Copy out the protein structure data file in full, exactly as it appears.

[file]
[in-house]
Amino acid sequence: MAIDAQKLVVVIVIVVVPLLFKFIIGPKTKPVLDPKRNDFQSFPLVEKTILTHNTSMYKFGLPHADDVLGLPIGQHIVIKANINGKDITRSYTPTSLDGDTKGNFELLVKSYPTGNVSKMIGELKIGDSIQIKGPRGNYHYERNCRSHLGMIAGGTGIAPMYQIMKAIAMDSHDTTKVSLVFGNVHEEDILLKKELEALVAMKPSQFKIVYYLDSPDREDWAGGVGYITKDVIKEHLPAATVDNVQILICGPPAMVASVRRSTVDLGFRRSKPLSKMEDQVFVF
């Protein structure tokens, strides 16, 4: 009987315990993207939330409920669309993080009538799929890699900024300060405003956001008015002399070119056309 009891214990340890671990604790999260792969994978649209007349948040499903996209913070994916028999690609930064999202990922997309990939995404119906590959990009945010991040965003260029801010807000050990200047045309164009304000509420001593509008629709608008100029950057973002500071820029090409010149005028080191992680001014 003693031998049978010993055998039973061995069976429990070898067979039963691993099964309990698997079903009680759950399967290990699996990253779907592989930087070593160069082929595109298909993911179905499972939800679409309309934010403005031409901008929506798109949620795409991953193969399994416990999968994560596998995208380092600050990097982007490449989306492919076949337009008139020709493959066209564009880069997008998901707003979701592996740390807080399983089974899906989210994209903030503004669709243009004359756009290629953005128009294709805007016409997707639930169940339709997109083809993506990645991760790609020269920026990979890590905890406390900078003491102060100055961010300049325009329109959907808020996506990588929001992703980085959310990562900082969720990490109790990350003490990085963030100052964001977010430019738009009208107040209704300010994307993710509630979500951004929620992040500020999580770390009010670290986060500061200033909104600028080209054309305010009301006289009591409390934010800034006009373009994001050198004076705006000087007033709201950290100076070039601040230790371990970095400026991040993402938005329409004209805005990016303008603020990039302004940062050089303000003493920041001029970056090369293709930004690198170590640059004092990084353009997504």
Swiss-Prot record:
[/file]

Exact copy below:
[in-house]
Amino acid sequence: MAIDAQKLVVVIVIVVVPLLFKFIIGPKTKPVLDPKRNDFQSFPLVEKTILTHNTSMYKFGLPHADDVLGLPIGQHIVIKANINGKDITRSYTPTSLDGDTKGNFELLVKSYPTGNVSKMIGELKIGDSIQIKGPRGNYHYERNCRSHLGMIAGGTGIAPMYQIMKAIAMDSHDTTKVSLVFGNVHEEDILLKKELEALVAMKPSQFKIVYYLDSPDREDWAGGVGYITKDVIKEHLPAATVDNVQILICGPPAMVASVRRSTVDLGFRRSKPLSKMEDQVFVF
């Protein structure tokens, strides 16, 4: 009987315990993207939330409920669309993080009538799929890699900024300060405003956001008015002399070119056309 009891214990340890671990604790999260792969994978649209007349948040499903996209913070994916028999690609930064999202990922997309990939995404119906590959990009945010991040965003260029801010807000050990200047045309164009304000509420001593509008629709608008100029950057973002500071820029090409010149005028080191992680001014 003693031998049978010993055998039973061995069976429990070898067979039963691993099964309990698997079903009680759950399967290990699996990253779907592989930087070593160069082929595109298909993911179905499972939800679409309309934010403005031409901008929506798109949620795409991953193969399994416990999968994560596998995208380092600050990097982007490449989306492919076949337009008139020709493959066209564009880069997008998901707003979701592996740390807080399983089974899906989210994209903030503004669709243009004359756009290629953005128009294709805007016409997707639930169940339709997109083809993506990645991760790609020269920026990979890590905890406390900078003491102060100055961010300049325009329109959907808020996506990588929001992703980085959310990562900082969720990490109790990350003490990085963030100052964001977010430019738009009208107040209704300010994307993710509630979500951004929620992040500020999580770390009010670290986060500061200033909104600028080209054309305010009301006289009591409390934010800034006009373009994001050198004076705006000087007033709201950290100076070039601040230790371990970095400026991040993402938005329409004209805005990016303008603020990039302004940062050089303000003493920041001029970056090369293709930004690198170590640059004092990084353009997504």
Swiss-Prot record: